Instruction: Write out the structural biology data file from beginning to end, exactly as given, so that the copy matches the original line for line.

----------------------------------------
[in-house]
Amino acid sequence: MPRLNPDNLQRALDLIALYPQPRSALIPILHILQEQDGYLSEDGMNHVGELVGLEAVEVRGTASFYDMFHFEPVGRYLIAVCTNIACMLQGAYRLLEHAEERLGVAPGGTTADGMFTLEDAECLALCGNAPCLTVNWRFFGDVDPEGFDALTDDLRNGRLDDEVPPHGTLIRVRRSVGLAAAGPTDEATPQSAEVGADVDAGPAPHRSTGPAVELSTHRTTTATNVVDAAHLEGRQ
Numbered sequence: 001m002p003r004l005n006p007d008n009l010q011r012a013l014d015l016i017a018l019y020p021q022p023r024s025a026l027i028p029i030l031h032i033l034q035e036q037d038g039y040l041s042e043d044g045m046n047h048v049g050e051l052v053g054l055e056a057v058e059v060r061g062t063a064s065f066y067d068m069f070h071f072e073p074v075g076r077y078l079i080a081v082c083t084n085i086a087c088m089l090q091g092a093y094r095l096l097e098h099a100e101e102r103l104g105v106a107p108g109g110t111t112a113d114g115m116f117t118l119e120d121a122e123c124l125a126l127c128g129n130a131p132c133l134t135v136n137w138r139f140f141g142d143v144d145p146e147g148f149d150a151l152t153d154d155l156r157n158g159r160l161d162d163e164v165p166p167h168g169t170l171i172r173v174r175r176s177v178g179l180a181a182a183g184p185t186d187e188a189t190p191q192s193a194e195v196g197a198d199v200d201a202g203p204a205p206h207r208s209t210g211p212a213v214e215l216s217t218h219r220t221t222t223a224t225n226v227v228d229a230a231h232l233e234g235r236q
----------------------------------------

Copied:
[in-house]
Amino acid sequence: MPRLNPDNLQRALDLIALYPQPRSALIPILHILQEQDGYLSEDGMNHVGELVGLEAVEVRGTASFYDMFHFEPVGRYLIAVCTNIACMLQGAYRLLEHAEERLGVAPGGTTADGMFTLEDAECLALCGNAPCLTVNWRFFGDVDPEGFDALTDDLRNGRLDDEVPPHGTLIRVRRSVGLAAAGPTDEATPQSAEVGADVDAGPAPHRSTGPAVELSTHRTTTATNVVDAAHLEGRQ
Numbered sequence: 001m002p003r004l005n006p007d008n009l010q011r012a013l014d015l016i017a018l019y020p021q022p023r024s025a026l027i028p029i030l031h032i033l034q035e036q037d038g039y040l041s042e043d044g045m046n047h048v049g050e051l052v053g054l055e056a057v058e059v060r061g062t063a064s065f066y067d068m069f070h071f072e073p074v075g076r077y078l079i080a081v082c083t084n085i086a087c088m089l090q091g092a093y094r095l096l097e098h099a100e101e102r103l104g105v106a107p108g109g110t111t112a113d114g115m116f117t118l119e120d121a122e123c124l125a126l127c128g129n130a131p132c133l134t135v136n137w138r139f140f141g142d143v144d145p146e147g148f149d150a151l152t153d154d155l156r157n158g159r160l161d162d163e164v165p166p167h168g169t170l171i172r173v174r175r176s177v178g179l180a181a182a183g184p185t186d187e188a189t190p191q192s193a194e195v196g197a198d199v200d201a202g203p204a205p206h207r208s209t210g211p212a213v214e215l216s217t218h219r220t221t222t223a224t225n226v227v228d229a230a231h232l233e234g235r236q